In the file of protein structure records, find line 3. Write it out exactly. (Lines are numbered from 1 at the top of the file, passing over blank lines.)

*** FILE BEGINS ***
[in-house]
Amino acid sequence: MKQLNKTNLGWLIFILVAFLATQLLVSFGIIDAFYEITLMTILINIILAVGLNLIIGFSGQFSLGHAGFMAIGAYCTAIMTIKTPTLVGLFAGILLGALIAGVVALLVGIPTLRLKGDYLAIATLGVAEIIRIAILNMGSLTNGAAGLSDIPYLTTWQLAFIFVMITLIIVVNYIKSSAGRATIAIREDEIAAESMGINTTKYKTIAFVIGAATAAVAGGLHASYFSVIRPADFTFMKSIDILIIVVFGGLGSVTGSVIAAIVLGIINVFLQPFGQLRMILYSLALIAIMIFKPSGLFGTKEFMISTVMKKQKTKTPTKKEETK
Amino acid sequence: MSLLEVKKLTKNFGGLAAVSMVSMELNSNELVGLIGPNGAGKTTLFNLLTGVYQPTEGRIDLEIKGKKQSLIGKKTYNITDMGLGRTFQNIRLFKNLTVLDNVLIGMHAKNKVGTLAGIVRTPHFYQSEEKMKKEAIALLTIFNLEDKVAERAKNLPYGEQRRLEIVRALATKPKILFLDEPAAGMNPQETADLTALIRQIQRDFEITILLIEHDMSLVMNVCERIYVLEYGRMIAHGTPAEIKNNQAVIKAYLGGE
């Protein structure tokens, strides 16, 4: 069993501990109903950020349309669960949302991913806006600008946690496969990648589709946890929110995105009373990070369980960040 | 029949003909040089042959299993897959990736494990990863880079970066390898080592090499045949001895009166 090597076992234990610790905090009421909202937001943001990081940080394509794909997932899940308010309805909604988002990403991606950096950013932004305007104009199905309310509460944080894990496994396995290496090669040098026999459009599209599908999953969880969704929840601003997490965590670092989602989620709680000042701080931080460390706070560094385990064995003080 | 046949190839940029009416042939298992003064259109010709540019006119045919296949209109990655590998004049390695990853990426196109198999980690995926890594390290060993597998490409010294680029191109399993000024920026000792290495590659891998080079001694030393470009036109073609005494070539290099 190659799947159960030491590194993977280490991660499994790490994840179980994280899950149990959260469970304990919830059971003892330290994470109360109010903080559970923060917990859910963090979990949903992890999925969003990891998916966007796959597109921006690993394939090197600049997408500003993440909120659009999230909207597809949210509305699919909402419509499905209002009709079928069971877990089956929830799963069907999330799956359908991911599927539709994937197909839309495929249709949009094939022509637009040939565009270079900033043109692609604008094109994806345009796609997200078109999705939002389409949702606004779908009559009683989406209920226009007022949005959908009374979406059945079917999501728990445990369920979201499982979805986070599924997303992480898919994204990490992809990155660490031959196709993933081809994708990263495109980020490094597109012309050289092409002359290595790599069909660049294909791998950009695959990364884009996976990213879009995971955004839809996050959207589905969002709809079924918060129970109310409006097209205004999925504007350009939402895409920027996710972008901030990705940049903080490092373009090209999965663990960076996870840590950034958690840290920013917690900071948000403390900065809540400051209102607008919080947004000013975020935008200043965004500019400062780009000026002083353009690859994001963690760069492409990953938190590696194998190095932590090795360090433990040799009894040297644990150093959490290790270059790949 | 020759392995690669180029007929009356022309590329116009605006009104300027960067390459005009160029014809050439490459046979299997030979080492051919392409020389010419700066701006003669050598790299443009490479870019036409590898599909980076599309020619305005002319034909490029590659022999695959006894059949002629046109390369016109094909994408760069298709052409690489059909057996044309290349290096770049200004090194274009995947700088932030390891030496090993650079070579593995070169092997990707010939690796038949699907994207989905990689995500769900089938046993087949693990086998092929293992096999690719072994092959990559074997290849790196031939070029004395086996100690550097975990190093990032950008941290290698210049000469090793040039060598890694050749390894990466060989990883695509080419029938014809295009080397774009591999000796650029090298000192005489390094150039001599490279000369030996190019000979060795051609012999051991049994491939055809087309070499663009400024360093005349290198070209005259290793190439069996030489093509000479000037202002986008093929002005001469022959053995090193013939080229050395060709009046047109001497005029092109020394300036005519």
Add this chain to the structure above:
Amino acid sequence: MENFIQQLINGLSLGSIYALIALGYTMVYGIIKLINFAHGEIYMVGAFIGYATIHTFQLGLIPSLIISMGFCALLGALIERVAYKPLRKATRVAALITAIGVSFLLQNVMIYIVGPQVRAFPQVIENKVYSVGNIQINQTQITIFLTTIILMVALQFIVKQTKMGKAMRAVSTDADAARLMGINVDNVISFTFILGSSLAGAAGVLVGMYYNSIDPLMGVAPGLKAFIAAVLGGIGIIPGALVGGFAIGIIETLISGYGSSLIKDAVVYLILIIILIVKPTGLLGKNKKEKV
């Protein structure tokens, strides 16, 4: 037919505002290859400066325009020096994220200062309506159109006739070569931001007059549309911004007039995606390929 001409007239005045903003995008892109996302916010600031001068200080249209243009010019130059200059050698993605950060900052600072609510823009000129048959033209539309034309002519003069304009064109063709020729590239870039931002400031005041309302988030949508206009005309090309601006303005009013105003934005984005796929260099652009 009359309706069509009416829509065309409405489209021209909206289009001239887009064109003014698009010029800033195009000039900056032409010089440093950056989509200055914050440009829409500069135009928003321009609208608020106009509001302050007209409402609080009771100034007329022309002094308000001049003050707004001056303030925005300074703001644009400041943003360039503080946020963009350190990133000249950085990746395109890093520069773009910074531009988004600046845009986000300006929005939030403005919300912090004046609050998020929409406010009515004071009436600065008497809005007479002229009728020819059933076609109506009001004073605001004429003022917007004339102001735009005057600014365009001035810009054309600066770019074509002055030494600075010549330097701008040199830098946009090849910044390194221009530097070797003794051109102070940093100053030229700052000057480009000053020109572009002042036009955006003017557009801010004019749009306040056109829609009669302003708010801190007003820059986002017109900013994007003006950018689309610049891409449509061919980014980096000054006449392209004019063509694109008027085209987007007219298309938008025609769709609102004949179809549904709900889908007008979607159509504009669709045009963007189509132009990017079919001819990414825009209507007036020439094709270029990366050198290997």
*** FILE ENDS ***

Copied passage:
Amino acid sequence: MSLLEVKKLTKNFGGLAAVSMVSMELNSNELVGLIGPNGAGKTTLFNLLTGVYQPTEGRIDLEIKGKKQSLIGKKTYNITDMGLGRTFQNIRLFKNLTVLDNVLIGMHAKNKVGTLAGIVRTPHFYQSEEKMKKEAIALLTIFNLEDKVAERAKNLPYGEQRRLEIVRALATKPKILFLDEPAAGMNPQETADLTALIRQIQRDFEITILLIEHDMSLVMNVCERIYVLEYGRMIAHGTPAEIKNNQAVIKAYLGGE